1987: When The Day Comes (Korean) Movie Review | by Tiffanyyong.com
Recommended Audience: Fans of stars Kim Yoon-seok 김윤석, Ha Jung-woo 하정우, Yoo Hae-jin 유해진, Kim Tae-ri 김태리, Park Hee-soon 박희순, Lee Hee-joon 이희준, Jang Joon-hwan 장준환 and political thriller fans
1987: When The Day Comes (Korean) Movie Synopsis
Based on real life events surrounding the June Democracy Movement in 1987 which brought about the end of the military regime of President Chun Doo-hwan. Student protests began when it was revealed that student activist Park Jong-chul, who participated in pro-democracy demonstrations against the regime, was tortured to death during interrogation sessions inside the Anti-Communist Investigations Bureau (ACIB) on Jan. 14, 1987. The authorities initially seek to conceal the case of Park Jong-chul, but a group of people attempt to bring the truth of the incident to light.
1987: When The Day Comes (Korean) Viewer Rating: 4.25/5 ****
1987: When The Day Comes (Korean) Movie Review:
I was looking forward to the film when I found out that this was an event that took place (chronologically) after the 1980 Gwangju Uprising in A Taxi Driver. Based on true events, the film brought the audience back to 1987 to uncover the truth behind the death of a student.
I tend to have a love-hate relationship with political thrillers. While they are exciting, I hate political films as there seem to be a common trend that most motivations are driven by a single extremist (yes, just like religious films). But the strong cast in “1987: When the Day Comes” gave such intense performance that it’s impossible to hate it. I’m not going to do a one-by-one rave about each individual character’s performance, but here’s my top 3 favourites. Yoo Hai-jin played a very likeable role in A Taxi Driver, hence when he appeared in this film as a correctional officer Han Byung-yong, I was pleasantly surprised. His performance was warm and flawless, from the loving uncle, to patriotic citizen and the physically + mentally tortured victim, he was someone the audience could relate to. The Handmaiden Kim Tae-ri represents the age-group most audience are in, or would be able to understand. As Sook-hee, a freshie (university student) in 1987, she understand what her uncle (Yoo Hai-jin’s Han Byung-yong) was doing, but try her best to ignore the situation around her so that she doesn’t get involved. Her natural performance made the audience understand her resistance to be involved in the political activities like most of the students, as well as her love interest Lee Han-yeol (Gang Dong-won). While it’s easy for us as audience to chid her for her cowardice, it is a harsh truth and a mirror reflecting how most of us are comforming to keeping silent about issues that we should stand up to. It’s not often that I will ‘like’ the antagonists, but I thank the director for providing the other side of both Detective Jo Han-Kyung (Park Hee-Soon) as well as Commie-hater Director Park Jeol-won (Kim Yoon-seok). They are not the typical one-sided bad-ass characters who are just detestable for no reason. Their obsession and firm belief in the authority gave an insight to the audience, understanding why they are behaving in that way. Park Hee-Soon’s emotional transition from a strong believer in his boss’ (Director Park) words to take the wrap, to disappointment, disbelief then desperation as he was betrayed, the rollercoaster of feelings was done convincingly.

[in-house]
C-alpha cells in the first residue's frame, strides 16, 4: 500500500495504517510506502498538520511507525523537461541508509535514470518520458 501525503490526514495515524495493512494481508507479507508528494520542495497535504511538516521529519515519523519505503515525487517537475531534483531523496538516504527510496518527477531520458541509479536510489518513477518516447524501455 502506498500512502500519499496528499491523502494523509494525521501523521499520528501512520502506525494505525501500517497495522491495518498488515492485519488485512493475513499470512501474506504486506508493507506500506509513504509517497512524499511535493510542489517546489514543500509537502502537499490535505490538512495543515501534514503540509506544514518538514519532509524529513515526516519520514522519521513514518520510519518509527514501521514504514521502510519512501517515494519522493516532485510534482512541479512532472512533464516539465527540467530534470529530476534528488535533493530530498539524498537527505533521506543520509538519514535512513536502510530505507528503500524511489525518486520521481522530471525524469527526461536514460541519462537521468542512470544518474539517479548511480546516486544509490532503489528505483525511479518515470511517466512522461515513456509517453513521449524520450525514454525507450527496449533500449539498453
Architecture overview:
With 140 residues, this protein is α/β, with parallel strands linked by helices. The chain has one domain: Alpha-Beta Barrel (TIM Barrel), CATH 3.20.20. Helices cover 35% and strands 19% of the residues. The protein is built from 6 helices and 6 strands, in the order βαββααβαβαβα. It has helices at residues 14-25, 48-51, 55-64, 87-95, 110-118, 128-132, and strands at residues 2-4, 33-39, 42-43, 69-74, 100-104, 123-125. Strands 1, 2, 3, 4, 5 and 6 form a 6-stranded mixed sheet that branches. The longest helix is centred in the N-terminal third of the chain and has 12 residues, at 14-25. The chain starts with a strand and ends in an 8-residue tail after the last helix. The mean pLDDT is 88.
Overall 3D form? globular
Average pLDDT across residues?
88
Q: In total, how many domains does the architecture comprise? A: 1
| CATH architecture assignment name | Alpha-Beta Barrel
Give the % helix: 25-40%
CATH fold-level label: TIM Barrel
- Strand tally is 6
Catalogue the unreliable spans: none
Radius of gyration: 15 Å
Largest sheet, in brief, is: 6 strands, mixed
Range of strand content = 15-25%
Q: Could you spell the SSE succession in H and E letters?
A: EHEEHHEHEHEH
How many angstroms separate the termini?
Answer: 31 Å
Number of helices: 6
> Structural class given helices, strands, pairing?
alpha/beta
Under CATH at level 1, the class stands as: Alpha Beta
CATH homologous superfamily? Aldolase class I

This is a film with great story telling, and the sharp editing bring the audience through the chronological happenings while rooted to the seats. The film reaffirmed my detest for the authoritarian ex-President Chun Doo-hwan, who is still alive and never seem to be punished for his doings. Kudos to the Korean production team for attempting to share and show the truth to the rest of the world.
Do You Know?
KIM Yoon-seok acts as Director Park and took on a blunt but chilling North Korean accent and hairline that accentuates his fierce glare. He also wore a mouthpiece to add a sense of authority and stubbornness to his face. The character cares for his subordinates as a father would for his sons, but does not hesitate to punish those who stand in his way. He moves between cold rationality and rage, the type of man who would have spearheaded an age of brutality. He previously worked together with director Jang Joon-Hwan in 2013 film “Hwayi: A Monster Boy.”
Movie is based on the true story of Park Jong-Chul. Real footage pertinent to the movie is played alongside the closing credits, including protests, and footage of the real people involved in the film’s story. The producers also discourage the media not to use the likeness of both artiste – Gang Dong-Won & Yeo Jin-Gu (both photos and drawn likeness) to give respect to both deceased student’s family.
Behind The Scenes and Interviews
Check out 1987’s Official IMDB Site.
1987: When The Day Comes (Korean) is out in Golden Village cinemas on 1st February 2018.